September 21, 2008

Navajo attitudes toward cancer

Cancer taboo:  The Navajo and Western medicine

Patient navigators try to break down elders' distrust and fear about health care and its white practitionersOnce a navigator has finally arrived, elders may refuse to discuss cancer, a disease for which the Navajo language has no word. It is instead "lood doo na'ziihii"--literally translated, "the sore [or wound] that does not heal." It finds people who cross the path of an animal, such as a snake, Buck Navajo Jr. explains. Or those who are near lightening bolts charging from the sky and striking the Earth.

Merely uttering "lood doo na'ziihii" can bring it on oneself.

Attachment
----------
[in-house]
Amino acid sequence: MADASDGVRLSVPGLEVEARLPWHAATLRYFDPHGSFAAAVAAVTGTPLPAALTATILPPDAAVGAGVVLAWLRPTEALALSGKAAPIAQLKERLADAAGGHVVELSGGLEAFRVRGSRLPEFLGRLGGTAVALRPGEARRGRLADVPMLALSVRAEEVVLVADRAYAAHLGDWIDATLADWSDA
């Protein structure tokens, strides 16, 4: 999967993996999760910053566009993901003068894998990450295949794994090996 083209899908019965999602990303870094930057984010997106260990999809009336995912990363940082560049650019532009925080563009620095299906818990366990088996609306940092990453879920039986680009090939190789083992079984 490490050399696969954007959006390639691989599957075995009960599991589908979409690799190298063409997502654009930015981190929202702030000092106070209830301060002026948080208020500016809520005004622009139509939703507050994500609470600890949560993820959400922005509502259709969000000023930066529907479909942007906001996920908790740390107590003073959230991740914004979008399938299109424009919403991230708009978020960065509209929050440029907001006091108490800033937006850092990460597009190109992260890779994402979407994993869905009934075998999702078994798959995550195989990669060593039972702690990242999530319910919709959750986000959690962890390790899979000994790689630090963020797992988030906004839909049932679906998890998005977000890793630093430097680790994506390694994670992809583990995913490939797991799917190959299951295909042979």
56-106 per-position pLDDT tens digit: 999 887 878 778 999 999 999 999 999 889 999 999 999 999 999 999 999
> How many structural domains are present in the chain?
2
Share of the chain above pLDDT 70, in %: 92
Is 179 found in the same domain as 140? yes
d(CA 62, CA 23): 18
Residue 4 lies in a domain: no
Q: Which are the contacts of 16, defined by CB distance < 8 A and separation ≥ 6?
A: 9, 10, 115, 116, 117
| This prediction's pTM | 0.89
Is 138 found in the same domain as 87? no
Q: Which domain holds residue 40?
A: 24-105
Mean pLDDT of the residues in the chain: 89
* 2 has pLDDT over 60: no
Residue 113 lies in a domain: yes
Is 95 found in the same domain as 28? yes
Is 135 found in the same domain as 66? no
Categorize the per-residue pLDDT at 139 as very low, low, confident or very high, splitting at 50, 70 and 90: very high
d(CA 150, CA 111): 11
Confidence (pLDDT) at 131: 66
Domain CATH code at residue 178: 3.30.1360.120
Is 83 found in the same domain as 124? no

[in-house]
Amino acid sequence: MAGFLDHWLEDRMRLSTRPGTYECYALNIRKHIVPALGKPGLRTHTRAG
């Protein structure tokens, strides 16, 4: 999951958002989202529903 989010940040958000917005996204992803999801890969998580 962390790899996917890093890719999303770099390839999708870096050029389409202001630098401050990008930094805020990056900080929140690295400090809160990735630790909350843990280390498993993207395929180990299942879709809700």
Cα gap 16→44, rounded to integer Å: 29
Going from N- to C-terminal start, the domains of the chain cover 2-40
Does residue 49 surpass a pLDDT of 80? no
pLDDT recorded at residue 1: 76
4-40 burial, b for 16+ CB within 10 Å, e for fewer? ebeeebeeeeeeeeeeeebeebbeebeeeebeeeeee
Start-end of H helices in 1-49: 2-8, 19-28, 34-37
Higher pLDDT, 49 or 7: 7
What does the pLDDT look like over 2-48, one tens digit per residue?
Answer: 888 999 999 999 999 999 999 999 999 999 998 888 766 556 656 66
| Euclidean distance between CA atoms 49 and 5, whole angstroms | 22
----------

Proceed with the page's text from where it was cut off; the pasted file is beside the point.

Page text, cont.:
"They say, 'I don't want to talk about it,'" said Janice Jumbo, site coordinator for the pilot program on the Navajo Nation and a doctoral candidate in epidemiology and public health. "Or they say, 'Why are you asking me these questions? I'm a healthy person now,'" she said.

Many will closely guard a diagnosis, embarrassed to tell family or friends since they feel it was their misstep or indiscretion that caused it. Some Navajo fear treatment cannot conquer cancer and see it as a death sentence.
Comment:  For more on the subject, see Navajos Need to Rename Cancer.

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